Fig. 5: Directional PBAF complex occupancy along transcriptional initiation signatures requires the ATPase module, but not ATPase activity.
Fig. 6: Catalytically active BAF and PBAF complexes collaborate to activate transcriptional programs that underlie differences between normal ovarian tissue and SCCOHT primary human tumors.

Code availability

Code to generate figures is available at https://github.com/joshbiology/sccoht/.

Data availability

All sequencing data are available at GEO: GSE117735. All peaks called from raw data can be found at https://figshare.com/s/d74eccb73f20af21a6da. All custom-defined peak sets can be found at https://figshare.com/s/00ac067cf47edea9805d.

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Acknowledgements

We thank members of the Kadoch Laboratory for helpful conceptual and experimental advice throughout the development of this study. We thank the DFCI Molecular Biology Core Facility, particularly Z. Herbert, for library preparation and sequencing, G. Boulay for advice regarding ChIP-seq optimization and the Taplin Mass Spectrometry Facility for mass-spectrometry analysis and data processing. We thank B. Vanderhyden (Ottawa Hospital Research Institute) and R. Hass (Hannover Medical School) for providing the BIN-67 and SCCOHT-1 cell lines, respectively. This work was supported in part by funding from the National Science Foundation Graduate Research Fellowship (No. 2015185722) and NIH T32 Training Grant in Genetics and Genomics to J.P.; the NIH DP2 New Innovator Award (No. 1DP2CA195762-01) to C.K.; the American Cancer Society Research Scholar Award (No. RSG-14-051-01-DMC) to C.K.; and the Pew–Stewart Scholars in Cancer Research Grant to C.K.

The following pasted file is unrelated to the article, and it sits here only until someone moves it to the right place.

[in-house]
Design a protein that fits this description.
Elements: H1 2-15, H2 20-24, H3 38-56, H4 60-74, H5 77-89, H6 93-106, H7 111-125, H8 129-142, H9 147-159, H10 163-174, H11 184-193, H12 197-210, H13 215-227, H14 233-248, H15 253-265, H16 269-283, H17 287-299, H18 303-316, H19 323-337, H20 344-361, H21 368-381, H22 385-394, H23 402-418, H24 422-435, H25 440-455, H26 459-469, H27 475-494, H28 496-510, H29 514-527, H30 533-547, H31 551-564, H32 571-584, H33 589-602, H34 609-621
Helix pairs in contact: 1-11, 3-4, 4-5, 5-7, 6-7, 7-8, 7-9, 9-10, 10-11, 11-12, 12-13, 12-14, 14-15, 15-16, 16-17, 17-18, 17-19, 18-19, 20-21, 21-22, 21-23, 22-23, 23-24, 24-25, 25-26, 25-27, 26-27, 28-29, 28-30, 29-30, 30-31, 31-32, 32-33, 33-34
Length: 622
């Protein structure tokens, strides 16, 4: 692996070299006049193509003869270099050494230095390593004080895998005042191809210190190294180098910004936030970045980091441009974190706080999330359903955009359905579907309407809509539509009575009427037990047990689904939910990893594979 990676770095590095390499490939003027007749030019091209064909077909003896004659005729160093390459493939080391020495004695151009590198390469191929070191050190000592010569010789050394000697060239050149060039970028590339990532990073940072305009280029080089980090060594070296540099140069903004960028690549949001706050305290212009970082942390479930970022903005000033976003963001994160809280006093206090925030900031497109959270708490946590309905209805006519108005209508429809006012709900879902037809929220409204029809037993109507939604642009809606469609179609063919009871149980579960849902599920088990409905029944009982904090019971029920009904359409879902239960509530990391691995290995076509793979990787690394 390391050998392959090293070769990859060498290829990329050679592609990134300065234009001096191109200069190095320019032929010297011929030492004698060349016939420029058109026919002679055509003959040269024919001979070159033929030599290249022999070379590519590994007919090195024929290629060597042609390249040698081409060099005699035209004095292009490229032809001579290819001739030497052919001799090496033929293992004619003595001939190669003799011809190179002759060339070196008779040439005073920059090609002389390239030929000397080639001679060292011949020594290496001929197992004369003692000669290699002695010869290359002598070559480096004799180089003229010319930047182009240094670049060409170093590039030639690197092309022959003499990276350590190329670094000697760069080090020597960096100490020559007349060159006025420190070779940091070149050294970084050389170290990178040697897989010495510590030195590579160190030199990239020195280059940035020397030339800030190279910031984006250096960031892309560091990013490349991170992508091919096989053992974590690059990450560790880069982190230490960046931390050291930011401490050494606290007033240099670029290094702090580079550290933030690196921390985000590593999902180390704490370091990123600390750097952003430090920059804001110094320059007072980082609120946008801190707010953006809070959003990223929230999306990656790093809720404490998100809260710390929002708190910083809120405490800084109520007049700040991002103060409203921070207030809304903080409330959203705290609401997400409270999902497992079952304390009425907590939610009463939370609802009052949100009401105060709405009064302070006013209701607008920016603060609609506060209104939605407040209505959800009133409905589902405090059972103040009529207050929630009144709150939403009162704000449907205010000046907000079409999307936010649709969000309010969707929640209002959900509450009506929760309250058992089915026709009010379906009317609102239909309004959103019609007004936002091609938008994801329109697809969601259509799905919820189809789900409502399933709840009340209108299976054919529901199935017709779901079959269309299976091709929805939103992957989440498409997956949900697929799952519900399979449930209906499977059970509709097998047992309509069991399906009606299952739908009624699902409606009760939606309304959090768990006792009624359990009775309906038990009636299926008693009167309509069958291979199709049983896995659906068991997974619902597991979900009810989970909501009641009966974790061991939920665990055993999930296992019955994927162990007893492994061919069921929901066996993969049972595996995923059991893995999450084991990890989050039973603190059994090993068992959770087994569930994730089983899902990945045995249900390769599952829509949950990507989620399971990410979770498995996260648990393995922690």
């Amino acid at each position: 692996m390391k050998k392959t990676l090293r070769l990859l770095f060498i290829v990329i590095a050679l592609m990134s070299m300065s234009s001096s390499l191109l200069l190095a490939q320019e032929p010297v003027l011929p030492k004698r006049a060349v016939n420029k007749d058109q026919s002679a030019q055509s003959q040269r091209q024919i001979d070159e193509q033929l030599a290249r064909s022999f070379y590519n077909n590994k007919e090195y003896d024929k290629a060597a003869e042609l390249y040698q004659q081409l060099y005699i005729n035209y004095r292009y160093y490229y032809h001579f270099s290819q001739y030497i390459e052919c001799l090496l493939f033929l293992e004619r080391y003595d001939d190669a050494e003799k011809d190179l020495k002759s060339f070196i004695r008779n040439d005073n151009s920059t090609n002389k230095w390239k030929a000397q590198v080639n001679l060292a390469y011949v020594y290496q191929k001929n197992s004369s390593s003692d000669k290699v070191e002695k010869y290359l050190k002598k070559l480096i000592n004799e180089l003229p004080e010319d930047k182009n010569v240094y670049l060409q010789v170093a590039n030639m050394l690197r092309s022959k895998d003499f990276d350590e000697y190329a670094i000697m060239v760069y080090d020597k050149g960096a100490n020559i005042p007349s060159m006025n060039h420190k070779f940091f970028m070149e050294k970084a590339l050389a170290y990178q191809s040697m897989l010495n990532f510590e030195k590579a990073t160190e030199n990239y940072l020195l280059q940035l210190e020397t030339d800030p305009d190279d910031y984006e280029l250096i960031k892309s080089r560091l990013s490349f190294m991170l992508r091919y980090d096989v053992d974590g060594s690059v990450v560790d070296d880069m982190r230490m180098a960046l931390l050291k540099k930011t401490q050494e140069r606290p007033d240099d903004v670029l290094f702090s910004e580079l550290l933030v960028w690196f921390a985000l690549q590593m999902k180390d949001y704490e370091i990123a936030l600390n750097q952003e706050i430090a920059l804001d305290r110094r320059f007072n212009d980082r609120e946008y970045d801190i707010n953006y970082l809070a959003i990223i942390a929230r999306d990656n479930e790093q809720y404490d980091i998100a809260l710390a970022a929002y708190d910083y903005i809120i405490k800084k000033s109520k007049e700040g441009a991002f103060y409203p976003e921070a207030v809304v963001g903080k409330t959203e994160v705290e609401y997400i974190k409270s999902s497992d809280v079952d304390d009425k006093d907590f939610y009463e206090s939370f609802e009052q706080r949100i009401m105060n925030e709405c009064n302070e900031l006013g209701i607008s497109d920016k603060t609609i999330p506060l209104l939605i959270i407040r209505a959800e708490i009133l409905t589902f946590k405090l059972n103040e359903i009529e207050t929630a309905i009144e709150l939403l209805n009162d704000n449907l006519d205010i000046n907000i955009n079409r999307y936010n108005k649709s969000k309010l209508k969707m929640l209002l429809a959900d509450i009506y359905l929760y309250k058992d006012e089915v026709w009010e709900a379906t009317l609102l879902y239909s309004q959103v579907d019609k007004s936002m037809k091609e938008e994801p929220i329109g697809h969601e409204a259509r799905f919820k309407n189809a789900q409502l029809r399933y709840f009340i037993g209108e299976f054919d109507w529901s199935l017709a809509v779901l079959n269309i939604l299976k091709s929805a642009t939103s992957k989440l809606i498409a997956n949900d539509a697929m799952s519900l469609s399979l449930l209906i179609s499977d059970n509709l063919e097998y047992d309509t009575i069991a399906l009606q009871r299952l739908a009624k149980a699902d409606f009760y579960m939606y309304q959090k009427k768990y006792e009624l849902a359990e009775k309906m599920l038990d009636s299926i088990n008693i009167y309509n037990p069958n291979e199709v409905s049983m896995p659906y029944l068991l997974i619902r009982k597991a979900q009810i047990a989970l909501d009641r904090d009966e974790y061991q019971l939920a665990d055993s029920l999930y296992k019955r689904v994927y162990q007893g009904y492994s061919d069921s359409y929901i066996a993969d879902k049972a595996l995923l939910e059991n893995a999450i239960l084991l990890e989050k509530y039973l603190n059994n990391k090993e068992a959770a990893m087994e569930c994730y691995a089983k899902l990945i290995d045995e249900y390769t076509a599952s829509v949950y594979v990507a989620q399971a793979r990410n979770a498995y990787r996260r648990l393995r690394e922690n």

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Contributions